Hoenes Centennial Farm


By dhowell - Posted on 03 January 2008

A farm owned by Walter W. Hoenes of Sheridan Road, five miles south of Manchester has been designated as a Centennial Farm by the Michigan Historical Commission.

Walter Hoenes and Centennial Farm.

It was originally purchased on July 2, 1866, by Ludwig Hoenes, grandfather of the present owner, from John Betz. It is located in Manchester Township, Washtenaw County, and has been in the possession of the family since 1866. The original farm had 40 acres. Later, 60 more acres were added. The oldest part of the house has a thick stone foundation with hewn logs on top.

After the Hoenes family acquired the farmhouse, they added several rooms so that now there are 10 large rooms and a large utility area. Although Lewis Hoenes used to find arrow heads on the land Walter never found one.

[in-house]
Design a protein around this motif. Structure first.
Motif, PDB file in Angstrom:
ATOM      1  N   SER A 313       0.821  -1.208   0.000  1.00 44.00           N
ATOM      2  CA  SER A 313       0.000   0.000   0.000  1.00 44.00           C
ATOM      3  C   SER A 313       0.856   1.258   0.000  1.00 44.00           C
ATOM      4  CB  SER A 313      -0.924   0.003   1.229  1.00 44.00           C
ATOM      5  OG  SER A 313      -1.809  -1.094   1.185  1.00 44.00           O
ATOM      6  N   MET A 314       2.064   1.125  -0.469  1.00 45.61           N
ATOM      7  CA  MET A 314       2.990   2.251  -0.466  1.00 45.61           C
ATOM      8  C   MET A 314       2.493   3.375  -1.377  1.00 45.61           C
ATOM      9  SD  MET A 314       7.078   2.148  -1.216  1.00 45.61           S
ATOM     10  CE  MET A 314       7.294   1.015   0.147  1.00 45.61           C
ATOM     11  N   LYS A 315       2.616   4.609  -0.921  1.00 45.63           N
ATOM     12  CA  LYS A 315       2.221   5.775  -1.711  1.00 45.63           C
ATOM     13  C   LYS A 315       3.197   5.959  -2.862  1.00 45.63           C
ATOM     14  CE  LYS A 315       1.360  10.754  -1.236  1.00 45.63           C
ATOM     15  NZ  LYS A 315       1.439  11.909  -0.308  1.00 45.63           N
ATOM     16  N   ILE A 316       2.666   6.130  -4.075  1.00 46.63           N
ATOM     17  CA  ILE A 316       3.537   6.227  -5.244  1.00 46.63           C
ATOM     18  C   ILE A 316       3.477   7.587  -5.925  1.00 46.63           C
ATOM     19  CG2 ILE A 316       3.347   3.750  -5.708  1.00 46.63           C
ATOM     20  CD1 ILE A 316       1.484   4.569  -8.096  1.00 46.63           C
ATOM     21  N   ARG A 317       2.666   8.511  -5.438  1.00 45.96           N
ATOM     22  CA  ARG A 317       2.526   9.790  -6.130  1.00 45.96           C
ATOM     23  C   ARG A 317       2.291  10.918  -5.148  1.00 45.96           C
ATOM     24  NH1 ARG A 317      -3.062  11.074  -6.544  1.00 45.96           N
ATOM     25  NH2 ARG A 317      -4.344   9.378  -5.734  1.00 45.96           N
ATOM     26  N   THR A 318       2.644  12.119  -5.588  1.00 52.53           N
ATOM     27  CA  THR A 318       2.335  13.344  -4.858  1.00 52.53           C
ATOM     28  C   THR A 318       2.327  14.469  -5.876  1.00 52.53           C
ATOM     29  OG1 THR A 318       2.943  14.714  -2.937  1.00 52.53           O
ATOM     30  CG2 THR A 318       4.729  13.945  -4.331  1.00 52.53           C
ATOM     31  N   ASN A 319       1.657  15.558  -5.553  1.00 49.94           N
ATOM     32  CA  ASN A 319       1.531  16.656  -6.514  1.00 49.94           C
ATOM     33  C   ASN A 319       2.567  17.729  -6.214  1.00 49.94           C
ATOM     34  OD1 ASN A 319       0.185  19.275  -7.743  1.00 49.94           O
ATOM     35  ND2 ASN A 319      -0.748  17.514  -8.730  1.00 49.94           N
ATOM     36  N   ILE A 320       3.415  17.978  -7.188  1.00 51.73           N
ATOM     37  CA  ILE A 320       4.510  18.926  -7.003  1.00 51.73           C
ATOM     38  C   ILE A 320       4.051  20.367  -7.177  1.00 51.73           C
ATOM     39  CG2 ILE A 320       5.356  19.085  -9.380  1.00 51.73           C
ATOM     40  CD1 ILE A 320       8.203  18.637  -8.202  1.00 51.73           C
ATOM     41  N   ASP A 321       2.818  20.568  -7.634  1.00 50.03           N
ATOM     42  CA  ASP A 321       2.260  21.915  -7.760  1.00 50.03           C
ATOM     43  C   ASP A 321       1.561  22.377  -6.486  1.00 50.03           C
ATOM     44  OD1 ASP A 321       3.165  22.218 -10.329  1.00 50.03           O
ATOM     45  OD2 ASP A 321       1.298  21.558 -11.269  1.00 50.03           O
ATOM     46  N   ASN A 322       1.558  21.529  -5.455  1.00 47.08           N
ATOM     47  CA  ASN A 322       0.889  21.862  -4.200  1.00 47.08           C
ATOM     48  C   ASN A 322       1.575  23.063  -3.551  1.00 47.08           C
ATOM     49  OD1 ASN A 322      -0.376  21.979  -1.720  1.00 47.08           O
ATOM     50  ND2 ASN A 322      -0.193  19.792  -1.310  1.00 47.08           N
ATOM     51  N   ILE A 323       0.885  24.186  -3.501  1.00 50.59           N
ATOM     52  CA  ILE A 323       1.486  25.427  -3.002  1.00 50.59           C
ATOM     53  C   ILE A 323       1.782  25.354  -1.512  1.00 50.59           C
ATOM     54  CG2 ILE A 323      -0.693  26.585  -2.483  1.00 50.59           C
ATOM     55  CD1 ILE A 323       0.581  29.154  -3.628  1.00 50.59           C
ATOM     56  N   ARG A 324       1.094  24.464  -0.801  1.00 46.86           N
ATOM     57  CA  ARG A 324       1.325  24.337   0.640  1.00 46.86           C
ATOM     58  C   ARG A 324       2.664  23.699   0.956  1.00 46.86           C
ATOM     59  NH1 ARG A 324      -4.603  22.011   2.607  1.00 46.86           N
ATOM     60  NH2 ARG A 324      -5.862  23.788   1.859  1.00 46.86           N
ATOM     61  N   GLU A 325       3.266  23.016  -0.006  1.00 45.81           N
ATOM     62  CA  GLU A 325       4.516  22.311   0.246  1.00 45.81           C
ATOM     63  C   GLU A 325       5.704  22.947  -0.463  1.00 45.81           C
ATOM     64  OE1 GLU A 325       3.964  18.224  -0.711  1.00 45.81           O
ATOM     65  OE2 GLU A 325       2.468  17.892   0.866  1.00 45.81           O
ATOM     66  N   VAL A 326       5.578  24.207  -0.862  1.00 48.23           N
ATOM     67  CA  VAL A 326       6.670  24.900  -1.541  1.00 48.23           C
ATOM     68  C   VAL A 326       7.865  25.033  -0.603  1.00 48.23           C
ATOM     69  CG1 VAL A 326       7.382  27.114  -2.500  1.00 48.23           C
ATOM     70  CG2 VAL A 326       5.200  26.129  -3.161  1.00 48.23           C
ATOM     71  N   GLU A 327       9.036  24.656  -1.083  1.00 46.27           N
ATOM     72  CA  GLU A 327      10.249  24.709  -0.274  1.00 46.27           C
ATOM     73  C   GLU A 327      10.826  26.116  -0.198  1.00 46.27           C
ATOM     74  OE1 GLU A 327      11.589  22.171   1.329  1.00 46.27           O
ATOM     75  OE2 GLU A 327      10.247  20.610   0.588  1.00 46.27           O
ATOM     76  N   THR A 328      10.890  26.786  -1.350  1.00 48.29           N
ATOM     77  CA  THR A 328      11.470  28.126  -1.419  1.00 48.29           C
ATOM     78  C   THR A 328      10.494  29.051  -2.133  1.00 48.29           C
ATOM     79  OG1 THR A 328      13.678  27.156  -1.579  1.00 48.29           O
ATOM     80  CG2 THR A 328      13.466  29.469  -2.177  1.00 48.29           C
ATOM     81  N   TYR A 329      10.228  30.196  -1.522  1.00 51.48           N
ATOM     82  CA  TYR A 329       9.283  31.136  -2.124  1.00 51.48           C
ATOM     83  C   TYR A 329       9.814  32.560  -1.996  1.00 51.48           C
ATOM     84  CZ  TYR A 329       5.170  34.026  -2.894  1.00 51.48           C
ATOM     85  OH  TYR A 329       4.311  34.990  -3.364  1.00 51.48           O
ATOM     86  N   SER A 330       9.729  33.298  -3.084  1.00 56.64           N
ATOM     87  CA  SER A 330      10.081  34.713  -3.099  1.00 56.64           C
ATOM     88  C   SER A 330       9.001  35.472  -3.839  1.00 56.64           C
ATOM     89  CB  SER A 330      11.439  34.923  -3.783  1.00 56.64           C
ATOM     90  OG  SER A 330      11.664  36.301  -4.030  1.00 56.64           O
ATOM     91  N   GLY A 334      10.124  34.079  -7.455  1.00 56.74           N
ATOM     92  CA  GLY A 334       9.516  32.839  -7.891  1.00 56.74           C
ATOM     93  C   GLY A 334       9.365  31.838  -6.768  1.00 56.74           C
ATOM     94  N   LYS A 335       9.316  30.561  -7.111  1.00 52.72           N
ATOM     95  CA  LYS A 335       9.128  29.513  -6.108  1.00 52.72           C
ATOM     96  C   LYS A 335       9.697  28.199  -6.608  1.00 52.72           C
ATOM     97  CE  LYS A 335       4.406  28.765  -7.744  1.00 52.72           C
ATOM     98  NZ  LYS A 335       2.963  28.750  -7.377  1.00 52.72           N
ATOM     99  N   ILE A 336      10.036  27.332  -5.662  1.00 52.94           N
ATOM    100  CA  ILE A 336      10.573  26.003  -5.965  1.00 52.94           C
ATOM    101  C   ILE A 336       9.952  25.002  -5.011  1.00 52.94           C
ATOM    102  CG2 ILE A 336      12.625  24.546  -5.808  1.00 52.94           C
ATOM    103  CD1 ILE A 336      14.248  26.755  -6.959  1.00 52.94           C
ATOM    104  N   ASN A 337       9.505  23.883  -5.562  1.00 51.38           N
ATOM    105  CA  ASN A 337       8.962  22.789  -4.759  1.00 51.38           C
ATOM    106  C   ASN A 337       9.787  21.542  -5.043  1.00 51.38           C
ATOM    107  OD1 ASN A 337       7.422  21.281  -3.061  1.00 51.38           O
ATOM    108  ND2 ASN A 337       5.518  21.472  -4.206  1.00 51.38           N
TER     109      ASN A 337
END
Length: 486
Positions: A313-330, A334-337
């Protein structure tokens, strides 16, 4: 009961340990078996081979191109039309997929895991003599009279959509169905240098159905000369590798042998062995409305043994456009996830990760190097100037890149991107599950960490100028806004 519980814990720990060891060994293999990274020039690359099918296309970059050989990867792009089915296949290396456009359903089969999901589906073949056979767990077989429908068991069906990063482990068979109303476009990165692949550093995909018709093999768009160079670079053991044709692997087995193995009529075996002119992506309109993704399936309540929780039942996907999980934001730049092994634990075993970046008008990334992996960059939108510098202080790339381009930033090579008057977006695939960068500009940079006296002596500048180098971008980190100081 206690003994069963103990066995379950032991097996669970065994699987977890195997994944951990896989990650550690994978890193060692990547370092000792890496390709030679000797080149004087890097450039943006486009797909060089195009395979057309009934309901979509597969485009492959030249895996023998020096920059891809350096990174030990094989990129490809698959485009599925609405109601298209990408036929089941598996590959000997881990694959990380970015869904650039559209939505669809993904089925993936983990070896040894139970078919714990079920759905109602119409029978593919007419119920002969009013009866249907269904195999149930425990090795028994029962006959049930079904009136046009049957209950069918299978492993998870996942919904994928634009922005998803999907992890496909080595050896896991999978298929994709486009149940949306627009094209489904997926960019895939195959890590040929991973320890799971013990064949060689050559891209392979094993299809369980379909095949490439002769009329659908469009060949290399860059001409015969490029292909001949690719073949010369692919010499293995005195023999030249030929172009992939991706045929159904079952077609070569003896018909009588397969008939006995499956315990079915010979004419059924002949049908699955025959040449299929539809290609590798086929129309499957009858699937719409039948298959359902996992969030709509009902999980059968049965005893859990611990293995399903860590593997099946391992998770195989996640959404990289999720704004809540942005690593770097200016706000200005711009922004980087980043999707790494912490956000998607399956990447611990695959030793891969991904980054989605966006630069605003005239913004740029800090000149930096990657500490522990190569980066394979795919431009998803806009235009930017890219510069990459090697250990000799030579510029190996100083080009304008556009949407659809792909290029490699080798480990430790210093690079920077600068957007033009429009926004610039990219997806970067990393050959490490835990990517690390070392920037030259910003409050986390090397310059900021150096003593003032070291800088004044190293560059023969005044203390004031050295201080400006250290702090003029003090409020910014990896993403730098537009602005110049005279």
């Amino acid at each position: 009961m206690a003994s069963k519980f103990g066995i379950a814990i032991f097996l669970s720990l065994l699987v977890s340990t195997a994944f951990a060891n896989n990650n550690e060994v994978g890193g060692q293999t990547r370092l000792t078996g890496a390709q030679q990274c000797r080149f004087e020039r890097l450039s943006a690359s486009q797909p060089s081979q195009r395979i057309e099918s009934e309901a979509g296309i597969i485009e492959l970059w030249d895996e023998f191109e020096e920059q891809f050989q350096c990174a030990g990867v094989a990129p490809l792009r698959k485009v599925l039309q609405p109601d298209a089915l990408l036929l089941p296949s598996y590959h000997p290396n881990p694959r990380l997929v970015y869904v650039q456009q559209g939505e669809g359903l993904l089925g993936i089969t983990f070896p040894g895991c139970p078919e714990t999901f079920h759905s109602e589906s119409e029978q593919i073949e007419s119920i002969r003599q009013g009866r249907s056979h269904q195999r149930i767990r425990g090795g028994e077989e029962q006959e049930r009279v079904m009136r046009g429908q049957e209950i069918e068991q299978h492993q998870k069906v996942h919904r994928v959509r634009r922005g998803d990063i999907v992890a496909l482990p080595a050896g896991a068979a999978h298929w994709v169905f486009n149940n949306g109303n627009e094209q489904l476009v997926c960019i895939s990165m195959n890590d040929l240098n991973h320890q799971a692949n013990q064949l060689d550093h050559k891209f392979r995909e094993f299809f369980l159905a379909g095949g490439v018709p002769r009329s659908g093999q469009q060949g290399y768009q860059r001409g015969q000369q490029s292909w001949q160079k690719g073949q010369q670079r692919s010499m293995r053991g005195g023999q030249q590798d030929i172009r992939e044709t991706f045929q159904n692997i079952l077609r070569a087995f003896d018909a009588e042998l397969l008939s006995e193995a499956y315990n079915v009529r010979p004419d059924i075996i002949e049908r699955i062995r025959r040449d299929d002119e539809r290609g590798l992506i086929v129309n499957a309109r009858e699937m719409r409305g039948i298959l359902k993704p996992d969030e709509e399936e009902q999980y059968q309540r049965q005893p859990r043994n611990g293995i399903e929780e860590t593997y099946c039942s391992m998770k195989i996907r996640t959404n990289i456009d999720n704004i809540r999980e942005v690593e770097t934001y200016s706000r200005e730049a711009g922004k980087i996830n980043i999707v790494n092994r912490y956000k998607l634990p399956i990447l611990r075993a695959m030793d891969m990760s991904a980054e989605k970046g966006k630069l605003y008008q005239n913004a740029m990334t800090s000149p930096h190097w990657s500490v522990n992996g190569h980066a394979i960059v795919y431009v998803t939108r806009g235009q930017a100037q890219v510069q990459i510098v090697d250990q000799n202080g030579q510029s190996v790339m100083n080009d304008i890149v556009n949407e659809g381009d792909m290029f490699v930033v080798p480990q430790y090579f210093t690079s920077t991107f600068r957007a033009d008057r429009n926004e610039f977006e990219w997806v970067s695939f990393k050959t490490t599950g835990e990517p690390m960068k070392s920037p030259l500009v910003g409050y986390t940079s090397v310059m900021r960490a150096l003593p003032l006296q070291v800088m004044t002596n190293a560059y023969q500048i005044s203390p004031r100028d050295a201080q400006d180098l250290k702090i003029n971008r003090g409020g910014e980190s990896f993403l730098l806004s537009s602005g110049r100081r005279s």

However, he did find a stone which had been fashioned to make some kind of a tool which the Indians used. Hoenes said that he threw it out of a field and then noticed that when it fell against another stone, it had an unusual clanging sound. He investigated and scraped off the dirt to find it was no ordinary stone.

His grandfather used to tell of watching the Indians on the farm as they followed along the creek which ran through it. He would warn his family to be careful and noted that "the noisy Indians are friendly but watch out for the quiet ones."

Hoenes said that according to old records there was once a saw mill on the property. His father was highway commissioner beginning in 1886, and among his papers he found an order to pay G. E. Smith 75 cents for shoveling snow for two and a half hours in 1926.